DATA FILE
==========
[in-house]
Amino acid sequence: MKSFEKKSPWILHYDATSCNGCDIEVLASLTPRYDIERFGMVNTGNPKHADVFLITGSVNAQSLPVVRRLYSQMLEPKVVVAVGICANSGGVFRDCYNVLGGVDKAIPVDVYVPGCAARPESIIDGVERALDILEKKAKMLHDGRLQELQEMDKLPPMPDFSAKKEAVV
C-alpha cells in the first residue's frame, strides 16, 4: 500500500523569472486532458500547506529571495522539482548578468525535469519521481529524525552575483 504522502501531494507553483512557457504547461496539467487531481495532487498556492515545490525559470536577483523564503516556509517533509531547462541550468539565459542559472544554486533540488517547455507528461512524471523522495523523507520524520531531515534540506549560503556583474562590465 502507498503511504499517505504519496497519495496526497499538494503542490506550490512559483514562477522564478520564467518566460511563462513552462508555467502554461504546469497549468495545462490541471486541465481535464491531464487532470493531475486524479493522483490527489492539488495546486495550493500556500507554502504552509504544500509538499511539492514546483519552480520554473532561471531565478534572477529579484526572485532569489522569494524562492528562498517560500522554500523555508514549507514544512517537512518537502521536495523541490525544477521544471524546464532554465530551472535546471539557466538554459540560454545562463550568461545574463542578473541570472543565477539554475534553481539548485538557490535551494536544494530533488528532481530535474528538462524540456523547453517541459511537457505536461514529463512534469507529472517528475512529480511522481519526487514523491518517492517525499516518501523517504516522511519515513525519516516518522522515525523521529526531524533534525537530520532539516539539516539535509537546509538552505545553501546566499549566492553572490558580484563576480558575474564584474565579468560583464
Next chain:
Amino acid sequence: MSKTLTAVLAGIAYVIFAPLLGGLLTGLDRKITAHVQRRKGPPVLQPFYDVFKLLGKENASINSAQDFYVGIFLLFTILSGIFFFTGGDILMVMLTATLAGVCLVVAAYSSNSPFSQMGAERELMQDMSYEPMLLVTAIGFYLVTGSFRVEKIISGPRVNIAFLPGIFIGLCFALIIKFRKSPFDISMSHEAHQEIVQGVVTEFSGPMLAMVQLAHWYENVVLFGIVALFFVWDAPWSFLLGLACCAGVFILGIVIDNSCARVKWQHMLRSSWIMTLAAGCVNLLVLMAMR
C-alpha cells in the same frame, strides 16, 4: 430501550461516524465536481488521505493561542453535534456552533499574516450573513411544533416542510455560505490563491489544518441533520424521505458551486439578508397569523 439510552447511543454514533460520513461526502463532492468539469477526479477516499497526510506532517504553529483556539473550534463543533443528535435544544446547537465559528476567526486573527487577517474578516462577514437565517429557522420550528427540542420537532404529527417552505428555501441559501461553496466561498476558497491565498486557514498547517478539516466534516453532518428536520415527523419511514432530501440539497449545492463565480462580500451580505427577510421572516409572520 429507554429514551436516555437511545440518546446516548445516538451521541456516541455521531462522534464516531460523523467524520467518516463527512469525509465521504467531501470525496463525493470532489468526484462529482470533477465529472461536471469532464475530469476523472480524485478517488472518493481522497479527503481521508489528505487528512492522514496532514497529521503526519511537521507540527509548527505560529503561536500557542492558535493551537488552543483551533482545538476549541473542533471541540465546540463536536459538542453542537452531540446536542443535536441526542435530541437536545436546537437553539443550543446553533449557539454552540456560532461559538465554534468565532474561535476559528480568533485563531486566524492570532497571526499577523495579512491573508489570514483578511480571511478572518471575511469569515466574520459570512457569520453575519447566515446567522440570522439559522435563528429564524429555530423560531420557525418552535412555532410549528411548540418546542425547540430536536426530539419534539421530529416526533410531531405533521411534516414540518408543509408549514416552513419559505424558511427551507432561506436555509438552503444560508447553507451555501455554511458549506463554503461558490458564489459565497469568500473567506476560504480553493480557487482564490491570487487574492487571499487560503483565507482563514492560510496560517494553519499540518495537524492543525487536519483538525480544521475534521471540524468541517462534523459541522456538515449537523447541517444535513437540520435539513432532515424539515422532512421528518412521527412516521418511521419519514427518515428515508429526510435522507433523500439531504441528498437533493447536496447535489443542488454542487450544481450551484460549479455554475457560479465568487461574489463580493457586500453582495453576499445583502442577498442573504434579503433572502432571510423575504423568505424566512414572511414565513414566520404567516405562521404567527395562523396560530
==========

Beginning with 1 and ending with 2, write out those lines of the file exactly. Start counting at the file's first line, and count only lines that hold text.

[in-house]
Amino acid sequence: MKSFEKKSPWILHYDATSCNGCDIEVLASLTPRYDIERFGMVNTGNPKHADVFLITGSVNAQSLPVVRRLYSQMLEPKVVVAVGICANSGGVFRDCYNVLGGVDKAIPVDVYVPGCAARPESIIDGVERALDILEKKAKMLHDGRLQELQEMDKLPPMPDFSAKKEAVV